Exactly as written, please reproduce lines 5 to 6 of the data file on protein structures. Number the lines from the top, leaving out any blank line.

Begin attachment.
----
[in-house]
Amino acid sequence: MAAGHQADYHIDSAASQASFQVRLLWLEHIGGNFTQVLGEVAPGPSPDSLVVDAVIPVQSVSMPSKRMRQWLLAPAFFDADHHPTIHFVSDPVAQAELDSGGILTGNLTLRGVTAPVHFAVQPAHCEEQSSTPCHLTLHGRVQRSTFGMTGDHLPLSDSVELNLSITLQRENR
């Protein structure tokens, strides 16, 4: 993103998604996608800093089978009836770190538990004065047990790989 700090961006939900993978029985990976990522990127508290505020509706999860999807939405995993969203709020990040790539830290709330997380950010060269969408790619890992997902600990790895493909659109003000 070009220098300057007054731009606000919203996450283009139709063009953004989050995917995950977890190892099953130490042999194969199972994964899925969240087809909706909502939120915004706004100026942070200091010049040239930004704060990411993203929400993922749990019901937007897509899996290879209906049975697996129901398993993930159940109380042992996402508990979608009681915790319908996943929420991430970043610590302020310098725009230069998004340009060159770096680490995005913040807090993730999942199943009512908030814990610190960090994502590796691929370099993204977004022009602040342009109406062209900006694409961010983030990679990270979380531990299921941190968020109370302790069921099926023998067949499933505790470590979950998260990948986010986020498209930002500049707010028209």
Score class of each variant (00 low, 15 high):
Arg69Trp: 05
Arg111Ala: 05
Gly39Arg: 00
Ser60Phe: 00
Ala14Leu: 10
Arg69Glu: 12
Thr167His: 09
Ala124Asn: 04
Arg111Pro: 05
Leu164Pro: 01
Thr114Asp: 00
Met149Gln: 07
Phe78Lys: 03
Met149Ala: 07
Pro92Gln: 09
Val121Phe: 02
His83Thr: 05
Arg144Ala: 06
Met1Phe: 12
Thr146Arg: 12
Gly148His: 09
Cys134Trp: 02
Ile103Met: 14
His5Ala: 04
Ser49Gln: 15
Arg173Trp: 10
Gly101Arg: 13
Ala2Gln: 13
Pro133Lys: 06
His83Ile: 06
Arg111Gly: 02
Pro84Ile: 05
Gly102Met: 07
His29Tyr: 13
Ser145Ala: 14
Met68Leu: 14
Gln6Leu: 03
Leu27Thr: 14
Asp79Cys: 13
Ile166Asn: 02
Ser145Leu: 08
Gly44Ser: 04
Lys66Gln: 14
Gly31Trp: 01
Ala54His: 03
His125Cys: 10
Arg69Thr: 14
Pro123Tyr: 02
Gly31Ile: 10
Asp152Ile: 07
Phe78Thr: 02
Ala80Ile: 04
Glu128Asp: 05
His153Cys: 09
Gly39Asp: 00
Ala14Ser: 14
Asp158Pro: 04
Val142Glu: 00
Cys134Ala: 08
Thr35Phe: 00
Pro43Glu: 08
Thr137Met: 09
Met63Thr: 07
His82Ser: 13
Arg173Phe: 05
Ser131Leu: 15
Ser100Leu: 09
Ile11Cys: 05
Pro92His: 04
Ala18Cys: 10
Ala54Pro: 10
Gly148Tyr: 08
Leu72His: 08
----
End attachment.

Arg69Trp: 05
Arg111Ala: 05